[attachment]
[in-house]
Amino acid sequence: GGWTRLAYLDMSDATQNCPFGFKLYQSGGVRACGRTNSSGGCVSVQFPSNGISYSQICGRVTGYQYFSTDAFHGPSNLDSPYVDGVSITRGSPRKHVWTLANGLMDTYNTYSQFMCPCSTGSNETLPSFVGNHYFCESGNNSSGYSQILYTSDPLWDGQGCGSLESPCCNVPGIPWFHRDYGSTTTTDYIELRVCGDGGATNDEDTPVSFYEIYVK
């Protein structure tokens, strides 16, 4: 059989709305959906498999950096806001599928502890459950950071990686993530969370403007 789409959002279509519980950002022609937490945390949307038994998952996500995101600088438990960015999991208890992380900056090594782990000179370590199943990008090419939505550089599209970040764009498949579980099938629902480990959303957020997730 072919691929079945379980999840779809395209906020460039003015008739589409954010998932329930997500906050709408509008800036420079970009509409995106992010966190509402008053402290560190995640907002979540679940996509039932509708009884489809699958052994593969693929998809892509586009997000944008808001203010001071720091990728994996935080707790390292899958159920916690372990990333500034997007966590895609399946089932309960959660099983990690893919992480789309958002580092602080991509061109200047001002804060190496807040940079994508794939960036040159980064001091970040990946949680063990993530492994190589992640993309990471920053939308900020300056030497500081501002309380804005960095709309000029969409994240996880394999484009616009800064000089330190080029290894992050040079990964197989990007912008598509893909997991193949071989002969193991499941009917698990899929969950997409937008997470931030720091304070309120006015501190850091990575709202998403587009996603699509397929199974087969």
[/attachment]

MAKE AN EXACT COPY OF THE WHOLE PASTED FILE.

[in-house]
Amino acid sequence: GGWTRLAYLDMSDATQNCPFGFKLYQSGGVRACGRTNSSGGCVSVQFPSNGISYSQICGRVTGYQYFSTDAFHGPSNLDSPYVDGVSITRGSPRKHVWTLANGLMDTYNTYSQFMCPCSTGSNETLPSFVGNHYFCESGNNSSGYSQILYTSDPLWDGQGCGSLESPCCNVPGIPWFHRDYGSTTTTDYIELRVCGDGGATNDEDTPVSFYEIYVK
């Protein structure tokens, strides 16, 4: 059989709305959906498999950096806001599928502890459950950071990686993530969370403007 789409959002279509519980950002022609937490945390949307038994998952996500995101600088438990960015999991208890992380900056090594782990000179370590199943990008090419939505550089599209970040764009498949579980099938629902480990959303957020997730 072919691929079945379980999840779809395209906020460039003015008739589409954010998932329930997500906050709408509008800036420079970009509409995106992010966190509402008053402290560190995640907002979540679940996509039932509708009884489809699958052994593969693929998809892509586009997000944008808001203010001071720091990728994996935080707790390292899958159920916690372990990333500034997007966590895609399946089932309960959660099983990690893919992480789309958002580092602080991509061109200047001002804060190496807040940079994508794939960036040159980064001091970040990946949680063990993530492994190589992640993309990471920053939308900020300056030497500081501002309380804005960095709309000029969409994240996880394999484009616009800064000089330190080029290894992050040079990964197989990007912008598509893909997991193949071989002969193991499941009917698990899929969950997409937008997470931030720091304070309120006015501190850091990575709202998403587009996603699509397929199974087969």